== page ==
About this series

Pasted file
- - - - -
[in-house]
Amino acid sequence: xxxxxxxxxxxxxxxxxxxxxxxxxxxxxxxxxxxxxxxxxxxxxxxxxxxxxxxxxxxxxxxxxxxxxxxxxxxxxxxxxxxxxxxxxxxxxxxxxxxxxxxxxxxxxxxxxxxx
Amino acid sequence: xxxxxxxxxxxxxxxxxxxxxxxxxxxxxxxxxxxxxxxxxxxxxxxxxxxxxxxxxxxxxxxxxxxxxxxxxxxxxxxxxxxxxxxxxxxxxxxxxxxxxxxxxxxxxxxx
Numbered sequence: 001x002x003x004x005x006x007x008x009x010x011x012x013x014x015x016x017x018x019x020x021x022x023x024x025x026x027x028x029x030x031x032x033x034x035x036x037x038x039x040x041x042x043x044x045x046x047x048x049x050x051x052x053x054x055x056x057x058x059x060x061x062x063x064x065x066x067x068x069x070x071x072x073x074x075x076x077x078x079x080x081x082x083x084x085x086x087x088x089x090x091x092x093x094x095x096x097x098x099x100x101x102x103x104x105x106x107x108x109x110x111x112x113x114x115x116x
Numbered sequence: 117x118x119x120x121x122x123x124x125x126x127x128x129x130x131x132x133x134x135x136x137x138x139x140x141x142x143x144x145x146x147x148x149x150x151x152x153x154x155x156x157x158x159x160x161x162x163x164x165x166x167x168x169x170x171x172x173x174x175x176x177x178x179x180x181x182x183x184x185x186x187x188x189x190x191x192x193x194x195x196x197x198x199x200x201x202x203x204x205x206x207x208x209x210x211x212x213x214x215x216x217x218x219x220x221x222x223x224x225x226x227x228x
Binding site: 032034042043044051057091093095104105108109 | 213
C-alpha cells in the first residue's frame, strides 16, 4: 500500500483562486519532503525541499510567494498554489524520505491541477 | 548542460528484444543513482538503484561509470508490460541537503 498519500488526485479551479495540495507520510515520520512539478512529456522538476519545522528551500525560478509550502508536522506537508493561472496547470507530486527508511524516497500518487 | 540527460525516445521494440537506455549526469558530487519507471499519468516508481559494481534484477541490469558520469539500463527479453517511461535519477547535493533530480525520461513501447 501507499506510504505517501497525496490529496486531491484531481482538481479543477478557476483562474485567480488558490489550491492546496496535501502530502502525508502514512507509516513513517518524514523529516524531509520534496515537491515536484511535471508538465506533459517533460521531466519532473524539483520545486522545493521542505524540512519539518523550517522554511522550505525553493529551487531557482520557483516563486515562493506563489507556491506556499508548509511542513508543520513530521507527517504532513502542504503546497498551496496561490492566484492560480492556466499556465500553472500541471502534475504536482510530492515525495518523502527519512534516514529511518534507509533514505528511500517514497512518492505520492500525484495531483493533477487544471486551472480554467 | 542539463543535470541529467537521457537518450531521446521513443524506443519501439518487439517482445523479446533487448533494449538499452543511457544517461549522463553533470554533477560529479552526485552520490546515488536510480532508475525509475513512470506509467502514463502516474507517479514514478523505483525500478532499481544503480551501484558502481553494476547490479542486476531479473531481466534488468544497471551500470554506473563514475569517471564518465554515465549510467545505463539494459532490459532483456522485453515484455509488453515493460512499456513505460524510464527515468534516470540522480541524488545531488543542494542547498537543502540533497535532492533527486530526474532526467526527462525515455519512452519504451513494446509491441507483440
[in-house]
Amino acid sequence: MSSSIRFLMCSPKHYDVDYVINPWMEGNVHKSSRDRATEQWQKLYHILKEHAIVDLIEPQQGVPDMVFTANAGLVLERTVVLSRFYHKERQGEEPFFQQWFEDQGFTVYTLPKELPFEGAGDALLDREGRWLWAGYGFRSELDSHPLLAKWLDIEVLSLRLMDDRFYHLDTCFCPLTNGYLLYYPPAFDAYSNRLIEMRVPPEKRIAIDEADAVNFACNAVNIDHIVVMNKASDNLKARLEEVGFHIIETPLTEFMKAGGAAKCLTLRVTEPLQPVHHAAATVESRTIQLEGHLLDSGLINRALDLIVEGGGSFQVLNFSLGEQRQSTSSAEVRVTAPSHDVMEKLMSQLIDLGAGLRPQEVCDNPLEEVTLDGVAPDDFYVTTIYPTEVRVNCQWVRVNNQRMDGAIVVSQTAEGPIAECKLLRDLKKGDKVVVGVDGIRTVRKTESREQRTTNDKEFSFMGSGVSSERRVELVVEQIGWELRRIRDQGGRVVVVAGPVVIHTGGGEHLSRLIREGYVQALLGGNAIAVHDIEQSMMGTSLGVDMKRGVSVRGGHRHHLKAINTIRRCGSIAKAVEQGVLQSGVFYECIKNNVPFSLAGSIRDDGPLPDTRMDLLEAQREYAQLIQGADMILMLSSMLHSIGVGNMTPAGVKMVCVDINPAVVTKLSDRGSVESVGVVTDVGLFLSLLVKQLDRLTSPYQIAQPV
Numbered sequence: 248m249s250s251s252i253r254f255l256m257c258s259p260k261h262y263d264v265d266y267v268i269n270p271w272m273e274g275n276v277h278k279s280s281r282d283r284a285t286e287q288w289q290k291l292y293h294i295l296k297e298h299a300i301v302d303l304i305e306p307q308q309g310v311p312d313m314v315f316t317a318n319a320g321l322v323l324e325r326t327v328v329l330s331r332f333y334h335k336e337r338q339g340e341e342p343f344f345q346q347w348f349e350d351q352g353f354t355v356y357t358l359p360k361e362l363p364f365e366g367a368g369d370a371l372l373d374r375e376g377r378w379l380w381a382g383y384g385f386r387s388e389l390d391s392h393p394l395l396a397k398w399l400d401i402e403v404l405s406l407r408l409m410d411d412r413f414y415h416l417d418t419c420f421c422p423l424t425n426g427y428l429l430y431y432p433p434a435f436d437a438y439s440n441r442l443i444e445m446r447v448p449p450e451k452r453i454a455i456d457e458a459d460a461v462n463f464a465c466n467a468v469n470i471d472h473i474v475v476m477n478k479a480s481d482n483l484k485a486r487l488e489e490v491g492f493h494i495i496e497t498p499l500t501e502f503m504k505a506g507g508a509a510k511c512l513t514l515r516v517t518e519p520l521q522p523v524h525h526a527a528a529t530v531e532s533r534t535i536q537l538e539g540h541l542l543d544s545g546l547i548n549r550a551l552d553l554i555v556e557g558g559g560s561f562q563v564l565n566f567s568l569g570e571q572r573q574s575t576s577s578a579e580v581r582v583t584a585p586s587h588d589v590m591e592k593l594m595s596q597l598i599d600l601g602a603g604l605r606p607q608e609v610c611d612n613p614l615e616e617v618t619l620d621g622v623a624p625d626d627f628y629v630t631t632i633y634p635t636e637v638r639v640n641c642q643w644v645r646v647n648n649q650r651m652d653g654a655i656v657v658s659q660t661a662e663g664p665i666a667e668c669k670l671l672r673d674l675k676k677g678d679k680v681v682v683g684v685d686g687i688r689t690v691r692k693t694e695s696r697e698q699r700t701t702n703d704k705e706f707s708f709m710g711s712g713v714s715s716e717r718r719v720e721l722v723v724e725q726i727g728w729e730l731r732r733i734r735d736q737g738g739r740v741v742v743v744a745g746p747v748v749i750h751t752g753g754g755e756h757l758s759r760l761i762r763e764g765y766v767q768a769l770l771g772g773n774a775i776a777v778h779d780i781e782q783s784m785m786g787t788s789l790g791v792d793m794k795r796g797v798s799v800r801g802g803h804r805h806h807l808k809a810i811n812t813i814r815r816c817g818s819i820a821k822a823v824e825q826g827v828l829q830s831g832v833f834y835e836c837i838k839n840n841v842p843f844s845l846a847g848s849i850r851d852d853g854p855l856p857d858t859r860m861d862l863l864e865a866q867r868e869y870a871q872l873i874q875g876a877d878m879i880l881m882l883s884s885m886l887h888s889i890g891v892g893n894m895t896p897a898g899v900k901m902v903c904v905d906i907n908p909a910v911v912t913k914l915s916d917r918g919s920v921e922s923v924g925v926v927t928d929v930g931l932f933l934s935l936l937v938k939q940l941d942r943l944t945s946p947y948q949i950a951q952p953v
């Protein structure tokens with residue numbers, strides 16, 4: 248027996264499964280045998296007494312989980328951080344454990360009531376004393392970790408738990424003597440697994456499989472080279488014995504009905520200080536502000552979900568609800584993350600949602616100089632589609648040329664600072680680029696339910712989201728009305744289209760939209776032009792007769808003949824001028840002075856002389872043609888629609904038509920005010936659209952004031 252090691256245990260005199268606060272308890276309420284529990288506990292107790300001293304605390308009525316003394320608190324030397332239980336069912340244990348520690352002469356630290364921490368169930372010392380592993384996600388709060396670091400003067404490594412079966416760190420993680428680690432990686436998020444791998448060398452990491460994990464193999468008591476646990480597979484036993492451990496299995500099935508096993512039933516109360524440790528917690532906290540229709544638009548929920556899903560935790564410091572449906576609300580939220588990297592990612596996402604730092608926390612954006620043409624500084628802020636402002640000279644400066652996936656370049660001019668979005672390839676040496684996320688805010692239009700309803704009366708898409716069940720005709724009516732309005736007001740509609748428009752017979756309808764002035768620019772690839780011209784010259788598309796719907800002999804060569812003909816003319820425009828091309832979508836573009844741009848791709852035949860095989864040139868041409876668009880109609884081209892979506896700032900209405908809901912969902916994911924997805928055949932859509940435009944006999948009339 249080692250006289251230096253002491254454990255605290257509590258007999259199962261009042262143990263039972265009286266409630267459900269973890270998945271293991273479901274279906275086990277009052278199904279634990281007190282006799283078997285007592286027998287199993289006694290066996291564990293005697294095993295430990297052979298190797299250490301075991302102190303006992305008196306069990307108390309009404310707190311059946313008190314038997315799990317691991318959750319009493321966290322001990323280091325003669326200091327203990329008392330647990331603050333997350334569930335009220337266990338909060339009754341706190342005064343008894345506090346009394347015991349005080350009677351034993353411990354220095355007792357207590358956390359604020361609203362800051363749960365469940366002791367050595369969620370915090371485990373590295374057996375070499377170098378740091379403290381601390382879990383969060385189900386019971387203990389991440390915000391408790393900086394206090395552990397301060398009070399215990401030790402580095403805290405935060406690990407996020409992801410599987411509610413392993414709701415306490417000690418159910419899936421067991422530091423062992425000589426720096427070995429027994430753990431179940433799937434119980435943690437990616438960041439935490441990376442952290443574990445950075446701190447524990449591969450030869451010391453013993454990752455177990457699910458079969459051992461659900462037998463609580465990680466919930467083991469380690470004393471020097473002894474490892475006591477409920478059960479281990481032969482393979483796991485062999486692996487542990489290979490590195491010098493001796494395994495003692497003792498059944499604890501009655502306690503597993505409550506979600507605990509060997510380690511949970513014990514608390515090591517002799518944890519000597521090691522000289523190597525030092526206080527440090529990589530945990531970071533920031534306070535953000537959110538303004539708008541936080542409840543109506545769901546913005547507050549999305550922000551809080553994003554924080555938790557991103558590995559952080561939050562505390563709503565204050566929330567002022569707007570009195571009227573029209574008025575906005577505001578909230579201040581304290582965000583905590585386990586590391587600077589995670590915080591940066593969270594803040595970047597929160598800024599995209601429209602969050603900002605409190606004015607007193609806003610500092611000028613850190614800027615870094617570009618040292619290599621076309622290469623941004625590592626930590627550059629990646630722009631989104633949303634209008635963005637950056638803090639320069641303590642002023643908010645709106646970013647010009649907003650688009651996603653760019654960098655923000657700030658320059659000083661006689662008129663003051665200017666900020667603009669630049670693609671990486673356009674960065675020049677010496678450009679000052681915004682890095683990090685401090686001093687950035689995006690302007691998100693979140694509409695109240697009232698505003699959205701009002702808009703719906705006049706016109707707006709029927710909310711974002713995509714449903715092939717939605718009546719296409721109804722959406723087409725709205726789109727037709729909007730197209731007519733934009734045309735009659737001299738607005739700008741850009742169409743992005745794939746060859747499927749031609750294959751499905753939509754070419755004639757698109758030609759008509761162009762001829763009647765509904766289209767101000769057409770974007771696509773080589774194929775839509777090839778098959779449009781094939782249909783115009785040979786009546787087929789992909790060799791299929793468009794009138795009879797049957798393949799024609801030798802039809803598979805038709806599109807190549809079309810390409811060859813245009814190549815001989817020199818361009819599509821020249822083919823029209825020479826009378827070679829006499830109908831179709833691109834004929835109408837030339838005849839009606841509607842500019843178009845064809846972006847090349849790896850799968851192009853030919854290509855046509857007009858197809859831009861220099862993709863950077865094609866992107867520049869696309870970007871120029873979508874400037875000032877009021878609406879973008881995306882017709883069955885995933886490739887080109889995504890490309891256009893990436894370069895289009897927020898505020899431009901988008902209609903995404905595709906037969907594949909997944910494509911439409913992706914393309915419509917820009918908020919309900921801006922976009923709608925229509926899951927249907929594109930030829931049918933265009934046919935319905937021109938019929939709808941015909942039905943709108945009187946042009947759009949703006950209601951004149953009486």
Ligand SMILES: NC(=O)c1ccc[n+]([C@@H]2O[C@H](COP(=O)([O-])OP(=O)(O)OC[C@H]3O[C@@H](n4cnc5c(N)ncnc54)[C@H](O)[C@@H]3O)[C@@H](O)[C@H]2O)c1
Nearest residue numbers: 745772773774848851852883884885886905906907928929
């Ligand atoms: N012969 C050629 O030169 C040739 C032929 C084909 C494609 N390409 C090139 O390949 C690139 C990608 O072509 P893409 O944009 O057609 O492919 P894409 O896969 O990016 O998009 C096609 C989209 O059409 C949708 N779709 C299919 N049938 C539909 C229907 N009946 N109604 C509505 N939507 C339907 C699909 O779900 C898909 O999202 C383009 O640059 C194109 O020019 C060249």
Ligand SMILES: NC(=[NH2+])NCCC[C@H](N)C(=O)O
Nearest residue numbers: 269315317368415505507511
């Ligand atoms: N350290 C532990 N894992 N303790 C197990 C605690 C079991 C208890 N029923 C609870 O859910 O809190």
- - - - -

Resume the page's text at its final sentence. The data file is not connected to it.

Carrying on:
New Directions in Cultural Policy Research encourages theoretical and empirical contributions which enrich and develop the field of cultural policy studies. Since its emergence in the 1990s in Australia and the United Kingdom and its eventual diffusion in Europe, the academic field of cultural policy studies has expanded globally as the arts and popular culture have been re-positioned by city, regional, and national governments, and international bodies, from the margins to the centre of social and economic development in both rhetoric and practice. The series invites contributions in all of the following: arts policies, the politics of culture, cultural industries policies (the 'traditional' arts such as performing and visual arts, crafts), creative industries policies (digital, social media, broadcasting and film, and advertising), urban regeneration and urban cultural policies, regional cultural policies, the politics of cultural and creative labour, the production and consumption of popular culture, arts education policies, cultural heritage and tourism policies, and the history and politics of media and communications policies. The series will reflect current and emerging concerns of the field such as, for example, cultural value, community cultural development, cultural diversity, cultural sustainability, lifestyle culture and eco-culture, planning for the intercultural city, cultural planning, and cultural citizenship.